In February, Bryan Colangelo realized he would need reinforcements to help his Sixers make a stretch run to the playoffs and beyond. He liked the idea of adding Marco Belinelli and Ersan Ilyasova, veterans who were likely to be released by the Hawks.
But he had to check with his numbers guys first.
When the Sixers hired Colangelo to run the team in 2016, one of Colangelo’s priorities was to amplify the presence of analytics and sports science. Within a year he had turned a three-man staff into a stable of 10 geniuses. By February, they could tell him how Ilyasova defended every other power forward in the NBA, and they could tell him that Belinelli’s sometimes-wild shot selection is, for him, an efficient strategy.
So, after checking the numbers, he got his men. The play of Belinelli and Ilyasova pushed the Sixers to a 17-game winning streak, including the team’s first playoff win since 2012.
“Analytics are clearly a big part of our evidence-based decision-making process,” Colangelo said, “and yes, both players were viewed favorably in that regard.”
The same data sets — culled from high-definition cameras installed at every NBA arena that track player movement and efficiency, then synthesized by the Sixers’ home-grown computer programs — warned Colangelo off other players he might have acquired as poorer fits. Then again, so did character and maturity issues.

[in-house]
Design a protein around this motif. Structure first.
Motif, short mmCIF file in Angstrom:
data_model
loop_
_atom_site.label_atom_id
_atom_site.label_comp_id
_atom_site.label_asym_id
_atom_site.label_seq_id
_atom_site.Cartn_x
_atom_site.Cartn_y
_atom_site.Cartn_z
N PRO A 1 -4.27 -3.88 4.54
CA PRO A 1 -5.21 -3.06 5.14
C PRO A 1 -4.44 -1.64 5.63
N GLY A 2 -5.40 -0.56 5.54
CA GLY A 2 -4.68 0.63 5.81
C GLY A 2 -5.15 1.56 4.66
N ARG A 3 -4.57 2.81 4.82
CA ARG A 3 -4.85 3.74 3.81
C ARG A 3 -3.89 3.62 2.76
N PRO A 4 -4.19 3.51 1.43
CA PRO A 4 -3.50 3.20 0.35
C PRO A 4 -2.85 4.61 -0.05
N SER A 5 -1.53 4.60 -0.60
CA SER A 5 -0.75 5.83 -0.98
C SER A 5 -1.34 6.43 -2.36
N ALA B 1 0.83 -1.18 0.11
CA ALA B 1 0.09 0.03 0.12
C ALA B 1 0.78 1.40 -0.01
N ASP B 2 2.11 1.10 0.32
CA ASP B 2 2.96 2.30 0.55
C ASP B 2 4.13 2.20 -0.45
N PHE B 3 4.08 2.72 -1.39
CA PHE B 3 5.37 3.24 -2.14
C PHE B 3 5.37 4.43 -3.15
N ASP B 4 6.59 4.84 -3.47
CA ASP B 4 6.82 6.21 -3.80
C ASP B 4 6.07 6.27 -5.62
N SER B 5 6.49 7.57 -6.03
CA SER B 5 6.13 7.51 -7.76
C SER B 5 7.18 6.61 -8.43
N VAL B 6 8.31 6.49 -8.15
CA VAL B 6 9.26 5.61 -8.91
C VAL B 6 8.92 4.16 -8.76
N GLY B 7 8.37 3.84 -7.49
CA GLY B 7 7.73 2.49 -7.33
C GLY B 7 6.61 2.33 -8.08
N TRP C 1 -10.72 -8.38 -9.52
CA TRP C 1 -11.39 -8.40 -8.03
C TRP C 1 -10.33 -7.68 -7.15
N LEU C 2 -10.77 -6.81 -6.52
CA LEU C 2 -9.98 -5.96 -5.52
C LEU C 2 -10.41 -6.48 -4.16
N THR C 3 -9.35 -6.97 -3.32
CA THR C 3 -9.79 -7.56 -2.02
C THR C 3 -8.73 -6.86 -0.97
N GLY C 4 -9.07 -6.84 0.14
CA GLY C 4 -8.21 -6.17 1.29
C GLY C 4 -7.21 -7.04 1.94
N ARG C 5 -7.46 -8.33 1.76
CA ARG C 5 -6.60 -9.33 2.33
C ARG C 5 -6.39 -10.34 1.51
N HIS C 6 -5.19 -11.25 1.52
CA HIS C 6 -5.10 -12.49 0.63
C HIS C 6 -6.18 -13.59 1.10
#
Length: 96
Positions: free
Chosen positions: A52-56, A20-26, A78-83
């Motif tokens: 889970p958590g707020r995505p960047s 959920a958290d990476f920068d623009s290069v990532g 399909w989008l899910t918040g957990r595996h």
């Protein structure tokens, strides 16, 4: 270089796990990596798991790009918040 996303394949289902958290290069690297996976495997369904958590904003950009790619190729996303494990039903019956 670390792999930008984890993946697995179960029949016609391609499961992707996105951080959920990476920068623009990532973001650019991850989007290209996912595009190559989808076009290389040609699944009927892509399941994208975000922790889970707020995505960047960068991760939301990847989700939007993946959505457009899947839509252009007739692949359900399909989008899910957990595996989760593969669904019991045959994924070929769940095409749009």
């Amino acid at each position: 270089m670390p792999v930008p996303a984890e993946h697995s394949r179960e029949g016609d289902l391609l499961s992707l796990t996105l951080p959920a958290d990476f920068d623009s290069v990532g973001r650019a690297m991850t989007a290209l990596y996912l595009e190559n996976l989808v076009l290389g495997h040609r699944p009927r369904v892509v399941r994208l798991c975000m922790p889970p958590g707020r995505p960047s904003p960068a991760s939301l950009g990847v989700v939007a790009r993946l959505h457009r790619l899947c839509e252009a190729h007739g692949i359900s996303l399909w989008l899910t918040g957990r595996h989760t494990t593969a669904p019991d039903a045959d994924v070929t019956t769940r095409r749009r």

The 30-year-old Ilyasova played 53 games for the Sixers last season and served as a superb mentor for rookie Dario Saric. Belinelli, 32, played a season for Colangelo in Toronto and later spent two seasons with the Spurs, a team with which Sixers coach Brett Brown has deep roots.
“The professionalism, experience and moxie that both players bring is where the relationships and familiarity with the players influences or informs us, non-analytically,” Colangelo said.
He continually seeks high-character, analytically efficient players to sign. That’s why he lavished $23 million on shooter JJ Redick this summer even though Redick, a 33-year-old workaholic health nut, had never made that much money in any three seasons combined. It’s why Colangelo reunited with former Raptors big man Amir Johnson, who is 30 and who, after 13 seasons, is always in the right place at the right time — something analytics records predicts.
Colangelo will use the same criteria when free agency begins this summer. Soon, he hopes to be able to apply mountains of data to future Sixers drafts, especially since that exercise will become harder and harder as the Sixers drift away from the top of the lottery, where they spent the last five years.
For now, when they’re looking for the next Joel Embiid in college or the next Dario Saric overseas, the Sixers mainly rely on traditional stats and the ol’ eye test.
“Truthfully, the available data sets on draft prospects are less robust, so modeling or projecting based on historical evidence is more of a focus,” Colangelo said. “I know that there is a push, industry-wide, to install cameras both at the college and international levels, so we will potentially have more comparative data to rely on.”
The Sixers will be ready when that happens. In the meantime, they’re improvising.
They’ve already begun sifting through candidates for an 11th position on the staff: a draft analytics expert.
“They’ll leverage data and video on prospects,” said Sixers analytics chief Alex Rucker. “They need to love basketball. Love video. And be able to make sense of it independently.”
The Process gets deeper and deeper.